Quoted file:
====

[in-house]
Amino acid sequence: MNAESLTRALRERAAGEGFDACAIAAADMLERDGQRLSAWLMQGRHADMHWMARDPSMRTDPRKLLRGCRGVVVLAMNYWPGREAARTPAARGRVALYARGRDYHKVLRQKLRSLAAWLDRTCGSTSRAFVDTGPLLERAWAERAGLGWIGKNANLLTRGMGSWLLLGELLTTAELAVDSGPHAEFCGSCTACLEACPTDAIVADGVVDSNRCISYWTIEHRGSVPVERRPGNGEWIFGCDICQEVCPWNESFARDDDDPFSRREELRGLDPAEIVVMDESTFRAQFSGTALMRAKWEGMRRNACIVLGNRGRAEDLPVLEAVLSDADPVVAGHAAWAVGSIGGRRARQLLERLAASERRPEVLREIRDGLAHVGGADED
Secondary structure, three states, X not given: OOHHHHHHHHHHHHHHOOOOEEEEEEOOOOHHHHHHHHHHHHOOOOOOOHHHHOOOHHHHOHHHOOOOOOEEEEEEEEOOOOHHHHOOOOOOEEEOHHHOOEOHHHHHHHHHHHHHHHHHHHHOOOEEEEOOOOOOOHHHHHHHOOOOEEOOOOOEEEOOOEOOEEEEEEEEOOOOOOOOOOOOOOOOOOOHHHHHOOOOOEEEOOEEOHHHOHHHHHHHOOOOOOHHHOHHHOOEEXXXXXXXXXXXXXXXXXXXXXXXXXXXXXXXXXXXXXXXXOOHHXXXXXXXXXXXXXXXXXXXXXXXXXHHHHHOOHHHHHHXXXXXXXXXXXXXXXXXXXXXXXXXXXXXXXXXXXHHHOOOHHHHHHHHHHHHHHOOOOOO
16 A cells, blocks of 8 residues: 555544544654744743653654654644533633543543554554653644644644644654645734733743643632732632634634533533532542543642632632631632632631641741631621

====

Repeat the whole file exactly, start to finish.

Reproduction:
[in-house]
Amino acid sequence: MNAESLTRALRERAAGEGFDACAIAAADMLERDGQRLSAWLMQGRHADMHWMARDPSMRTDPRKLLRGCRGVVVLAMNYWPGREAARTPAARGRVALYARGRDYHKVLRQKLRSLAAWLDRTCGSTSRAFVDTGPLLERAWAERAGLGWIGKNANLLTRGMGSWLLLGELLTTAELAVDSGPHAEFCGSCTACLEACPTDAIVADGVVDSNRCISYWTIEHRGSVPVERRPGNGEWIFGCDICQEVCPWNESFARDDDDPFSRREELRGLDPAEIVVMDESTFRAQFSGTALMRAKWEGMRRNACIVLGNRGRAEDLPVLEAVLSDADPVVAGHAAWAVGSIGGRRARQLLERLAASERRPEVLREIRDGLAHVGGADED
Secondary structure, three states, X not given: OOHHHHHHHHHHHHHHOOOOEEEEEEOOOOHHHHHHHHHHHHOOOOOOOHHHHOOOHHHHOHHHOOOOOOEEEEEEEEOOOOHHHHOOOOOOEEEOHHHOOEOHHHHHHHHHHHHHHHHHHHHOOOEEEEOOOOOOOHHHHHHHOOOOEEOOOOOEEEOOOEOOEEEEEEEEOOOOOOOOOOOOOOOOOOOHHHHHOOOOOEEEOOEEOHHHOHHHHHHHOOOOOOHHHOHHHOOEEXXXXXXXXXXXXXXXXXXXXXXXXXXXXXXXXXXXXXXXXOOHHXXXXXXXXXXXXXXXXXXXXXXXXXHHHHHOOHHHHHHXXXXXXXXXXXXXXXXXXXXXXXXXXXXXXXXXXXHHHOOOHHHHHHHHHHHHHHOOOOOO
16 A cells, blocks of 8 residues: 555544544654744743653654654644533633543543554554653644644644644654645734733743643632732632634634533533532542543642632632631632632631641741631621